It’s difficult to conjure much in the way of a defense for Bill O’Reilly and his unceremonious dumping by Fox News.
If you knew nothing of O’Reilly other than what you have seen on television during the course of his two decades as host of “The O’Reilly Factor,” you would probably come away with the impression that while he presided over an interesting and provocative hour of TV each night, he was likely as arrogant and condescending off camera as on.
That impression also came across in person based on my one-time, limited exposure to him during the 2000 GOP convention in Philadelphia, where he was the featured speaker at an Ohio Republican Party breakfast and it was my job as communications director for the ORP to make sure he was comfortable and cozy. Need more coffee, Mr. O’Reilly?
Bill wasn’t happy about having to be up so early to do the breakfast thing, and he made that clear. On the other hand, I’ve always reminded myself not to judge anyone too harshly based on one encounter. Even celebrities are allowed to have bad days, and frankly I was no happier about being up for the 7 a.m. breakfast than he was.
So I never let his less than warm-and-fuzzy attitude that day or his obvious ego and temperamental behavior define him forever in my mind. After all, I was working in state and national politics, where large egos and temperamental behavior are par for the course.
But that limited encounter hardly makes it more difficult to imagine O’Reilly being boorish and narcissistic on a regular basis. It may well be those attributes that allowed him to be a pretty tough interviewer and to call out guests who famously violated his “no spin zone” rule.
O’Reilly is smart and informed, and despite being obviously right-leaning he often did walk a more middle-of-the-road line than other more blatantly conservative and partisan Fox personalities.
While it is true that with great power comes great responsibility, it is also too often true that with great power comes great feelings of invincibility and entitlement. The multiple accusations of sexual harassment leveled at O’Reilly by women ranging from former on-air contributors to low-level staffers are legally unproven, but the millions of dollars in out-of-court settlements, as reported by The New York Times and not denied by anyone, don’t exactly help paint O’Reilly as an innocent victim.
Big Media outlets like The Times, the Washington Post, and, on the TV side, CNN, have been openly gleeful for the opportunity to bring O’Reilly down. CNN was the first national cable news network, the granddaddy of them all, and CNN officials have never been happy that Fox so quickly, dramatically and consistently knocked them off the top perch for the last 16 or 17 years.
Fox hosts have never been shy about ridiculing CNN (and MSNBC) over ratings or content, and CNN in particular is more than happy to kick O’Reilly when he’s down.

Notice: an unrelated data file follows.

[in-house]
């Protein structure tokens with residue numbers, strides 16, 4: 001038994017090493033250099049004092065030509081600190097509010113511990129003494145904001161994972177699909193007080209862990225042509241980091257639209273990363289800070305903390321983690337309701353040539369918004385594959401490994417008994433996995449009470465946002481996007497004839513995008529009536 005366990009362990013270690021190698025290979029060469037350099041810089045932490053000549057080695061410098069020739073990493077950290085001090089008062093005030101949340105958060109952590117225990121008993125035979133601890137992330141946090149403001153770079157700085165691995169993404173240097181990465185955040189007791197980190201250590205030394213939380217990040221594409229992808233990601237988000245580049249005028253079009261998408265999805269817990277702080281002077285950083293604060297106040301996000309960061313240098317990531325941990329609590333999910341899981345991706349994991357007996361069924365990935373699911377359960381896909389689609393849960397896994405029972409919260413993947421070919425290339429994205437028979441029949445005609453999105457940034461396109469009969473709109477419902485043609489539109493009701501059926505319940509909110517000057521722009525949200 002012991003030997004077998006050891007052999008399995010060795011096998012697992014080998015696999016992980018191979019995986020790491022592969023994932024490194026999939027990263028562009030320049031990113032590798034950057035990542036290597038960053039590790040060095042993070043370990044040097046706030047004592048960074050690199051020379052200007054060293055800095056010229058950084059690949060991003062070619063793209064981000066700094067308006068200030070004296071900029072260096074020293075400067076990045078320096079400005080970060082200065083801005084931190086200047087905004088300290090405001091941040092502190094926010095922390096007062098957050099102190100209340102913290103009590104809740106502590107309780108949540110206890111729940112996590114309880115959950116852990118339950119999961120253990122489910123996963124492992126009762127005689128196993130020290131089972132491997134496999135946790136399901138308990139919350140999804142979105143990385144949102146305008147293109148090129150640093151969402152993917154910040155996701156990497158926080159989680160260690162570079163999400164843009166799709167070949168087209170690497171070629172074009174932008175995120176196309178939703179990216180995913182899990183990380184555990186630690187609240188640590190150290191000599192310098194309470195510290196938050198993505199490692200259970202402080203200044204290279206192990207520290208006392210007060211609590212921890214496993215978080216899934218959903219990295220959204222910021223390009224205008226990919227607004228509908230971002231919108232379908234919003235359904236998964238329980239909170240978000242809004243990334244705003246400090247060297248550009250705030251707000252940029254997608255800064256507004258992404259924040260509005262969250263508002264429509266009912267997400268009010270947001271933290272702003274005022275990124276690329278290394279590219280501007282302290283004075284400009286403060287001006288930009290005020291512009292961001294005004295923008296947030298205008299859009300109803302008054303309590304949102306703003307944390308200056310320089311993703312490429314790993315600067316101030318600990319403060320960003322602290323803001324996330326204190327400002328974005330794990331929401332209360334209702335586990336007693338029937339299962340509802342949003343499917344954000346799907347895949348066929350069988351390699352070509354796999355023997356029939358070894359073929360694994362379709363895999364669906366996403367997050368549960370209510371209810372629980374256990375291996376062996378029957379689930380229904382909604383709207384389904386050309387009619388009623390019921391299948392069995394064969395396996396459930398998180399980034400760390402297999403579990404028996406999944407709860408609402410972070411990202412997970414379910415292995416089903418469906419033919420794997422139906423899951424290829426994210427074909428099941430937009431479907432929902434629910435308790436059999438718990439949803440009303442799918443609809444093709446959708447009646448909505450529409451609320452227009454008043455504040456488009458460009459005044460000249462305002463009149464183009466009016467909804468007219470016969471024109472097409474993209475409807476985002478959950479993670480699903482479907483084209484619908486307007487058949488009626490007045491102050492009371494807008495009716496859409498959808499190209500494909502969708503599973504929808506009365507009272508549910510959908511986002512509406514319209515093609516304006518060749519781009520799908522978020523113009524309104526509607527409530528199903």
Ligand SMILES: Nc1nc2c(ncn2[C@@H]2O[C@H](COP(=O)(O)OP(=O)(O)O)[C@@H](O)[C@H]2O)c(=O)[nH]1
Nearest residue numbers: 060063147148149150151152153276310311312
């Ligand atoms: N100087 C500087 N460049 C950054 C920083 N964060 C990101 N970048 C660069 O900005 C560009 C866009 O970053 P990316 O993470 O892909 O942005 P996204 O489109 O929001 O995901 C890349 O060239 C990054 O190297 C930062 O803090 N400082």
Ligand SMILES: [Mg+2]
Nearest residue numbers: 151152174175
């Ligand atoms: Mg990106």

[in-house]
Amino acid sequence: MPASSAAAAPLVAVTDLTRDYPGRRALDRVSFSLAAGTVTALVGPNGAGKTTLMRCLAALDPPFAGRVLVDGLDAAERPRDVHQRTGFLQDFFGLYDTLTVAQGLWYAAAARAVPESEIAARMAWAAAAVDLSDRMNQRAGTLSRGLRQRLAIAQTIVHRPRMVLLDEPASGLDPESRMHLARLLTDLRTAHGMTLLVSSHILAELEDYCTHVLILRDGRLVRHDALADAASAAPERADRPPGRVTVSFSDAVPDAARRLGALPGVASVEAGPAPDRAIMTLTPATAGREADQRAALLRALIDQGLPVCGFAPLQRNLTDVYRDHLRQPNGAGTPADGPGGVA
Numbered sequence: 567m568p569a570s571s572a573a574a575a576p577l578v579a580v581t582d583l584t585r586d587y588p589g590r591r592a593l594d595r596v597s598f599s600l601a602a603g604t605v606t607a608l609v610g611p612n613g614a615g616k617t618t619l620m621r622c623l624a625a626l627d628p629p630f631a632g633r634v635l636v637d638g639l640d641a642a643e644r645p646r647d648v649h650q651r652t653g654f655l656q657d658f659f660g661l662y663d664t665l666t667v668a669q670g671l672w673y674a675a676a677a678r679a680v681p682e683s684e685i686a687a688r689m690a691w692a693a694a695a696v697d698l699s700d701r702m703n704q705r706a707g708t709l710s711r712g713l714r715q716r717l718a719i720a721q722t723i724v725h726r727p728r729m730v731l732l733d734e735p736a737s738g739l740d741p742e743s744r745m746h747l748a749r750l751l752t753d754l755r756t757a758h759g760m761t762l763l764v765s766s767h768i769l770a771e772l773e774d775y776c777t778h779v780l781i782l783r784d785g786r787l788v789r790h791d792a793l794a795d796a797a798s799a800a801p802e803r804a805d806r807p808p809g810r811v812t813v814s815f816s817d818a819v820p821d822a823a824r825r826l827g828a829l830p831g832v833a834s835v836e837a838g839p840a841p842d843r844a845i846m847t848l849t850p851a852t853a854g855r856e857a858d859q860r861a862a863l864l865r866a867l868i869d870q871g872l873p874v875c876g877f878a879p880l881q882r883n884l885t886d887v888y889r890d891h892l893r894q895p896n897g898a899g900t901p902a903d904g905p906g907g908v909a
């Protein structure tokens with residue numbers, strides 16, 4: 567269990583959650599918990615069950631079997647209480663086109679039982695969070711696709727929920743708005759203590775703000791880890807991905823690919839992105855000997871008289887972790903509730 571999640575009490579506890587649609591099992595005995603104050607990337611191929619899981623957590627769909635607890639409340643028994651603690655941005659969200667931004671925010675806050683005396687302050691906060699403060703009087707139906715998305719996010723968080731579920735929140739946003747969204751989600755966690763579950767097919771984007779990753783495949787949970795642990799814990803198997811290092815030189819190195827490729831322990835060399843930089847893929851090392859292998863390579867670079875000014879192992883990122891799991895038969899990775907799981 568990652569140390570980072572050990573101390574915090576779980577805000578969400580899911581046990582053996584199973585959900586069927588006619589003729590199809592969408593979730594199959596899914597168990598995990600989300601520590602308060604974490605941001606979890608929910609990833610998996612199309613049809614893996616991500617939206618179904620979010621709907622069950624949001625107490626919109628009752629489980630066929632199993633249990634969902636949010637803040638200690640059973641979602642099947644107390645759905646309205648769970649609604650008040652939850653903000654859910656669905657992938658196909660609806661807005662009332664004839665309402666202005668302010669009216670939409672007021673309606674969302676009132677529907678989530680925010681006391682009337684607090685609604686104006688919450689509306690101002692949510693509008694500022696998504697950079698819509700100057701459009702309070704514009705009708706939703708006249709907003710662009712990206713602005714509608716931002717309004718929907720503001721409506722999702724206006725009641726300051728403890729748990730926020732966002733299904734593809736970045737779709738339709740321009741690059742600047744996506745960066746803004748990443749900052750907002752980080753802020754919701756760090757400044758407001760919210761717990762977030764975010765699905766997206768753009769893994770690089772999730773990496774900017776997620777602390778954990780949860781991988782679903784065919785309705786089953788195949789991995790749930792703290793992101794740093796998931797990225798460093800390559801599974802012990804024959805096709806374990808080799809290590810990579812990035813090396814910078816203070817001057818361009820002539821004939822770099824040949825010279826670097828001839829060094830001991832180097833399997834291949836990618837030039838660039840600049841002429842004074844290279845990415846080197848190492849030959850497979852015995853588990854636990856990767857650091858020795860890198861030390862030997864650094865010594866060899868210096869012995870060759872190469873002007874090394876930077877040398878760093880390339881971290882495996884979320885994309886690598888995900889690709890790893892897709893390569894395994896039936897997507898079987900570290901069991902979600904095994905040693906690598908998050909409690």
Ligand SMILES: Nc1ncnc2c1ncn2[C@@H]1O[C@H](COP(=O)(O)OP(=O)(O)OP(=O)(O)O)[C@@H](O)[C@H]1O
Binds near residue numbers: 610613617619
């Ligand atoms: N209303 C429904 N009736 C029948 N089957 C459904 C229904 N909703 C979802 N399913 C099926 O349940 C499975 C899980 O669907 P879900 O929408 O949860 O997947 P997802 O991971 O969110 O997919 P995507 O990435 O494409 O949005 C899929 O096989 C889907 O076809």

Fox didn’t care at all about the accusations against O’Reilly or the costs of the settlements (some of which were apparently paid by Fox, some by O’Reilly personally) because “The O’Reilly Factor” was a huge cash cow. Not until advertisers began deserting O’Reilly did Fox have a sudden crisis of conscience.
To be fair, we have not heard O’Reilly really address the issue except with very vague statements focused on the perils of being in the public eye. We have not heard his side of the story, and it’s always important to remember that there are at least two sides, and usually more, to every story. Accusations cannot be taken at face value; there is always more information that can dramatically alter the first draft of conventional thinking.
Over the weekend it was announced that O’Reilly will begin hosting a podcast starting Monday. Perhaps he’ll have more to say about the subject, or maybe he’ll ignore it and take up where he left off on his last Fox broadcast, focusing on current events (other than his own current events).
The only thing truly crystal clear through this experience is that the leftwing media is not at all abashed about the double standard it employs against conservatives and Republicans. Many articles in recent days have already pointed out the hypocrisy of much of the media that investigated and denounced O’Reilly compared to its defense and apologies for a former president of the United States who engaged in his own unique brand of intern mentorship during private time in the Oval Office.
But that double standard is so understood and expected as to be almost openly acknowledged by our most revered newspapers and TV networks. If O’Reilly was a liberal and a Trump-hater, we’d be tuning into “The O’Reilly Factor” on Fox tonight at 8 p.m. as usual.
But O’Reilly should have been smart enough to recognize the playing field for what it is. The left was only able to bring him down because he gave them a sword. That’s something he apparently failed to recognize.
It could be he was blinded by his own hubris, which might be the O’Reilly factor that will end up being remembered above all others.
Reach Gary Abernathy at 937-393-3456 or by email at [email protected]